For the past few years, through a partnership with Regions Bank, student athletes at Auburn have had the ability to participate in a financial wellness program. Aimed at helping student athletes make informed financial decisions after graduation, the program’s success paved the way for a university-wide program.
“So the program we’re rolling out now started with athletes, and it was working really well,” Caroline Willoughby, Auburn SGA Treasurer, said. “Athletes really seemed to enjoy it. So we asked to make this on a larger scale for the whole student body.”
At the end of last year, Willoughby said she was able to get a foot in the door with Regions. She began talking about scaling up the then current financial wellness program with athletes to include students, faculty and alumni.
While Willoughby was the treasurer in office when the program kicked off, she said the program was the culmination of many years of work of past treasures. When running for office, one of the goals of her platform was to help students learn how to save money, and she hopes this program will allow them to do so.
“I remember my freshman year being like, ‘Oh yeah, my parents gave me an allowance,’ but now this allowance is not just buying food, now it’s buying toilet paper, it’s buying toothpaste and it’s buying my gas,” Willoughby said. “I wanted to teach students about managing that money, and I think this is a program that really does that.”
The topics covered by the financial wellness program include showing students how to budget, accumulate savings and plan for a fiscal secure future. This past week, Auburn hosted financial literacy coach Eric Smith, who spoke to both Auburn employees and students. According to Micheal McCay, director of Auburn University Career Services, the first seminar was a success.
“We had over 120 staff and faculty members attend their session, and I think we ended up with close to 50 students [in their session],” McCay said. “The main thing we do with this is we record [the seminars] and add them to our website, so if a student couldn’t come to one, then they could hop on the website and watch it later.”
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While both seminars were focused on financial wellness, Smith tailored the seminar to fit the groups attending, McCay said. For faculty and staff, the seminar was centered on retirement planning and long-term saving, while the student seminar was focused more on weekly spendings and short-term savings.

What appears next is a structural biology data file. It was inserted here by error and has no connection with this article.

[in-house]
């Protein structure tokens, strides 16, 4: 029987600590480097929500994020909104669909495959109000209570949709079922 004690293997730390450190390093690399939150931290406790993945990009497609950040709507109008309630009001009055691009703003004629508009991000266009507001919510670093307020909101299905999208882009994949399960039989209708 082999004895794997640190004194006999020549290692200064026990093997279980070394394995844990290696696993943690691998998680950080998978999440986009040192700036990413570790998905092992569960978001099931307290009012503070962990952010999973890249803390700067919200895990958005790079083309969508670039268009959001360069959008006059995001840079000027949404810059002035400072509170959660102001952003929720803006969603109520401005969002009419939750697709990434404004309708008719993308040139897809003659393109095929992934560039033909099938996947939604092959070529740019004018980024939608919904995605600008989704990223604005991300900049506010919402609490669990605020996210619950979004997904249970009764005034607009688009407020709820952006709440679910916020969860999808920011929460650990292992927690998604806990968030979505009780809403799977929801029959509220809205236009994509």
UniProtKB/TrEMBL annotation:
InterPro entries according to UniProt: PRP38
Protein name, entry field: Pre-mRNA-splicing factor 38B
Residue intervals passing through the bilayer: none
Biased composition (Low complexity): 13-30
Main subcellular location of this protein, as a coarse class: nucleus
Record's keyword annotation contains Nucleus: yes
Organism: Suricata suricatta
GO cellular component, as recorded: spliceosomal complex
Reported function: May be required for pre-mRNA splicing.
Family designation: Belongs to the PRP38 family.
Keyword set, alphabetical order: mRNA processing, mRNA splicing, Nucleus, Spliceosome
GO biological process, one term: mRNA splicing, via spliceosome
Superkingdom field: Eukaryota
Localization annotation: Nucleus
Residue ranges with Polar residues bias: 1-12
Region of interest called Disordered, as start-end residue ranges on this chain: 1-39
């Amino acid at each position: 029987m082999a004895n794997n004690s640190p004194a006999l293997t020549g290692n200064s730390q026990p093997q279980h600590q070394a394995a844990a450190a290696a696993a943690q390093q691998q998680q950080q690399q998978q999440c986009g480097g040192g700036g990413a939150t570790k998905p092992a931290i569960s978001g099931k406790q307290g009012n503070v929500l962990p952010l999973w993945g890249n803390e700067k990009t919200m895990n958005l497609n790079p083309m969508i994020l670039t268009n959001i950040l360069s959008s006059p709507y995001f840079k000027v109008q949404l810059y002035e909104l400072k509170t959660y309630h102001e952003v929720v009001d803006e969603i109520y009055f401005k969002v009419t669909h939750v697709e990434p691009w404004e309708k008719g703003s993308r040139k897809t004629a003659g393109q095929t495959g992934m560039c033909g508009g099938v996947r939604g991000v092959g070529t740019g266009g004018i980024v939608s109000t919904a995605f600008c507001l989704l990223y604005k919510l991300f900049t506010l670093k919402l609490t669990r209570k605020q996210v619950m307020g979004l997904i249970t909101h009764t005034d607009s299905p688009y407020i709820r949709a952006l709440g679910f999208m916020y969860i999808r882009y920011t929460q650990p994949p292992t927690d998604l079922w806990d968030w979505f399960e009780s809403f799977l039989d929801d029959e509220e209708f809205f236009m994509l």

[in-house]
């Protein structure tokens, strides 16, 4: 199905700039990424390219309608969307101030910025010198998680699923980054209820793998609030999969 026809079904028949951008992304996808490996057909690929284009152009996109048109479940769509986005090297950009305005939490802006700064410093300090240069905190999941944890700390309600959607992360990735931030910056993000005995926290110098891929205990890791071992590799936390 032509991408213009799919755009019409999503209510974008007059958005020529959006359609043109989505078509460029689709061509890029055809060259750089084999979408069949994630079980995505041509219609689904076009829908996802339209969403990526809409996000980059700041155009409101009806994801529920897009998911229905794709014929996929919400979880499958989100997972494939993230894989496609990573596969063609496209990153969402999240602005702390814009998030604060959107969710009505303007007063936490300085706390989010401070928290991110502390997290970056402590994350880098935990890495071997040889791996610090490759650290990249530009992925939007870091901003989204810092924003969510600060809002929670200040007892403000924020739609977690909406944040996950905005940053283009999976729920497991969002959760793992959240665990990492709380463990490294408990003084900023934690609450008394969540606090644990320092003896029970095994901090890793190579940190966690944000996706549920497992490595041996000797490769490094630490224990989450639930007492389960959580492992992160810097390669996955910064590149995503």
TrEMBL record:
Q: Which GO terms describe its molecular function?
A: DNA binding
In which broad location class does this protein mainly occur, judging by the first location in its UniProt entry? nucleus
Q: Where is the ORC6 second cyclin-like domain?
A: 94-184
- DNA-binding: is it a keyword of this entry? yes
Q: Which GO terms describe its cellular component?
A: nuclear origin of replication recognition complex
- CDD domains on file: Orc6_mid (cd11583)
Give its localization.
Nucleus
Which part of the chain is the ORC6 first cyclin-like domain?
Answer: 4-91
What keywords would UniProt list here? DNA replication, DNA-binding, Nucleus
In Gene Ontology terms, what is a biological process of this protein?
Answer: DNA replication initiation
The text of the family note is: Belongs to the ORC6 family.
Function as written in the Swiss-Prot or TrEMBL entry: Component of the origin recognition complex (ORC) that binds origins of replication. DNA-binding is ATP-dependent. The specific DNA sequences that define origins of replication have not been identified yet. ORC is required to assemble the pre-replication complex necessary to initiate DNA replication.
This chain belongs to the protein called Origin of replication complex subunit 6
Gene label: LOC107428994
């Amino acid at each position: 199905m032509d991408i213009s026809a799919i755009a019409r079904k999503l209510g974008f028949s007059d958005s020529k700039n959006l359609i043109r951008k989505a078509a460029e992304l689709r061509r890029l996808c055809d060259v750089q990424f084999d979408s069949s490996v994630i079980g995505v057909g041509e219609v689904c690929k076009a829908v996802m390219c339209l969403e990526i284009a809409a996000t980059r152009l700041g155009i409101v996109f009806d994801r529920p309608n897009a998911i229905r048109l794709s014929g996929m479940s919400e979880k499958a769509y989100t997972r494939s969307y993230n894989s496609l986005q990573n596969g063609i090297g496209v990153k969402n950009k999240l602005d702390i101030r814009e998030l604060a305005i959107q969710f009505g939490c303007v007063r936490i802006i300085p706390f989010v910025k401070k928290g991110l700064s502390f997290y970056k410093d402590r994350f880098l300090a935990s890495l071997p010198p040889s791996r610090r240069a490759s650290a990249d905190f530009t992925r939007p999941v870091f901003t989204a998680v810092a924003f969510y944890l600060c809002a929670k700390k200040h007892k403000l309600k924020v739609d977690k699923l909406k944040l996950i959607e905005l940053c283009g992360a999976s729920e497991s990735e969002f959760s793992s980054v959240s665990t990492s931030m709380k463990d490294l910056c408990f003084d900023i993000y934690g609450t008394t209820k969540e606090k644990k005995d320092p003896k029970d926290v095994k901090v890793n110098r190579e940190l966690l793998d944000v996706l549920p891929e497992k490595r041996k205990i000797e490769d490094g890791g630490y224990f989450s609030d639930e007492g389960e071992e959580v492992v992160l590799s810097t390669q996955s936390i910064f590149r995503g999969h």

“He did a really nice job of talking about, ‘Hey, you’re working part-time, you’re making $11 an hour; here are some strategies you can go about budgeting and how you can save in advance,’” McCay said. “He was speaking to the students, which of course was a different conversation than the one we had with our staff.”
According to McCay, some resources online will be the same for all students, but there will be some programs tailored to specific groups of students, like graduate students or students in the Veterinary College of Medicine.
In order to allow Regions the opportunity to maximize the effectiveness of their financial wellness program, Willoughby said it was important for her and her team to get feedback from students on which areas of financial literacy they were the most concerned about, as well as how COVID-19 affected their financial plans.
Through a concerted effort between Willoughby and her team, McCay and his team and the help of Julie Huff, Assistant Vice President for Strategic Initiatives for the Provost’s office, incoming freshman were surveyed about their financial literacy at Camp War Eagle, and a ten question poll was sent to juniors and seniors, asking questions about their future plans.
According to McCay, the timing of COVID-19 and the concerns and uncertainty around that caused the ball to get moving.
“I was brought into the conversations back in August, and we always had October, last week, kind of on our radar of getting everything ready to go for that initial launch,” McCay said. “And then for springtime, we’ve already had some folks reach out to us from the colleges and programs that want to start having some conversations.”
For Willoughby, the first step in expanding the program is to get the attention of the student body.
“I would really love for it to be something that every student knows about,” Willoughby said. “I think that’s my first goal; for every student to realize that these resources are available for us to use, on a daily basis.”
Following that, Willoughby hopes to see the financial wellness program become integrated into both the classroom as well as the culture of Auburn.
“Every year, SGA has a speaker on financial wellness, and every year BSU does, so on and so forth,” Willoughby said. “I think that that would be really wonderful; to integrate [financial wellness] fully into our culture as a campus.”
The online resources and past seminars can be accessed by going to Auburn’s website and searching “Financial Wellness.”
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